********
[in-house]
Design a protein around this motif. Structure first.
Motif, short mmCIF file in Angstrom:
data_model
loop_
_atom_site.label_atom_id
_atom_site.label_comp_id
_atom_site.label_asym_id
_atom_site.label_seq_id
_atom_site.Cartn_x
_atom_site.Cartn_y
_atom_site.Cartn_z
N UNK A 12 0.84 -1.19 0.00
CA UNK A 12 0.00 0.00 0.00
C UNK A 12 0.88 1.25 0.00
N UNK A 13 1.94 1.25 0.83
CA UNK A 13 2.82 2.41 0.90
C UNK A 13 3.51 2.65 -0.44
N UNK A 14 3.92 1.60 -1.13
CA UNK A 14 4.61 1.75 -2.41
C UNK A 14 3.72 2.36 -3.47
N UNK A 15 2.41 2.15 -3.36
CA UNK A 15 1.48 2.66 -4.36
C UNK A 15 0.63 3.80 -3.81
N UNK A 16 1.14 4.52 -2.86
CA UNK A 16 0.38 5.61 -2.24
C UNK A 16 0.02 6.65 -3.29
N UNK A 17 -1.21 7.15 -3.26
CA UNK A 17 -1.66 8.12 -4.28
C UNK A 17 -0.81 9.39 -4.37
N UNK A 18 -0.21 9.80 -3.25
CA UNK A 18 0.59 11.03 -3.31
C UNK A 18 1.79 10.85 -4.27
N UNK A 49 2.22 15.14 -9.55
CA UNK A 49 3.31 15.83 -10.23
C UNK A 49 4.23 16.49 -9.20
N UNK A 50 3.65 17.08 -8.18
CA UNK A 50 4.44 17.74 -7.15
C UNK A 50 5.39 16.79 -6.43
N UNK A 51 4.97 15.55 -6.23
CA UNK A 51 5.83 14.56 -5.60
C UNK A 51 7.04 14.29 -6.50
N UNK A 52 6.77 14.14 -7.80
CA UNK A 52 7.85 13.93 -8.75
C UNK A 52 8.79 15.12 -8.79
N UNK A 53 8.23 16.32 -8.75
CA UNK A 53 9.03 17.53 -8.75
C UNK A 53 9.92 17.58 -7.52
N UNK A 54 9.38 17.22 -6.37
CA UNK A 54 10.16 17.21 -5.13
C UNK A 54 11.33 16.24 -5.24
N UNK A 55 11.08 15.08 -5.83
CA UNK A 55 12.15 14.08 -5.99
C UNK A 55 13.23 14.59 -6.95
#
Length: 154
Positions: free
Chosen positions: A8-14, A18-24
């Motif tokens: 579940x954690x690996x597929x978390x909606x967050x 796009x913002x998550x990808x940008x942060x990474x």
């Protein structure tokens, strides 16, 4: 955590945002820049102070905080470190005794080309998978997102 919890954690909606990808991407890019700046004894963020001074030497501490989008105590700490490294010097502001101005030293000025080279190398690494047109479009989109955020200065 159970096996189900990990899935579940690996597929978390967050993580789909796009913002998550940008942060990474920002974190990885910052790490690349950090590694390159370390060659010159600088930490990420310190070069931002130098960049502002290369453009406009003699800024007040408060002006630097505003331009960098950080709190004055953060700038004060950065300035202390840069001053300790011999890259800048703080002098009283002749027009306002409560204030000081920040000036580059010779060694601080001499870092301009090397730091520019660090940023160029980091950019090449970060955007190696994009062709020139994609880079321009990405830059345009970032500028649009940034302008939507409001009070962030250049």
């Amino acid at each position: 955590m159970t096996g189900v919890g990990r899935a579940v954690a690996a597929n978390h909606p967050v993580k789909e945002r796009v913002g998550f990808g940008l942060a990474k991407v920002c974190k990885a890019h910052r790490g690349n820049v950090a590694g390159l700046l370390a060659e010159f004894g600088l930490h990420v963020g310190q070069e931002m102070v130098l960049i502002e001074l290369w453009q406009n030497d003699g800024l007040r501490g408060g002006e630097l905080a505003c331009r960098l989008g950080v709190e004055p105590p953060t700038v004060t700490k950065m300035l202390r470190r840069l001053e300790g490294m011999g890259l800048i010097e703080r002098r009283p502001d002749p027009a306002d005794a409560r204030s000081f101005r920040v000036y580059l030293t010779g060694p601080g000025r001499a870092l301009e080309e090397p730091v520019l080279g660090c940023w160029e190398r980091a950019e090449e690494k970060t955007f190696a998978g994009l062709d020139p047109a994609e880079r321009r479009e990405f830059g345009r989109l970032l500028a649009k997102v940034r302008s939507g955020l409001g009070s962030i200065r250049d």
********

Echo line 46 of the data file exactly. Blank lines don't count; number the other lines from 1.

N UNK A 53 8.23 16.32 -8.75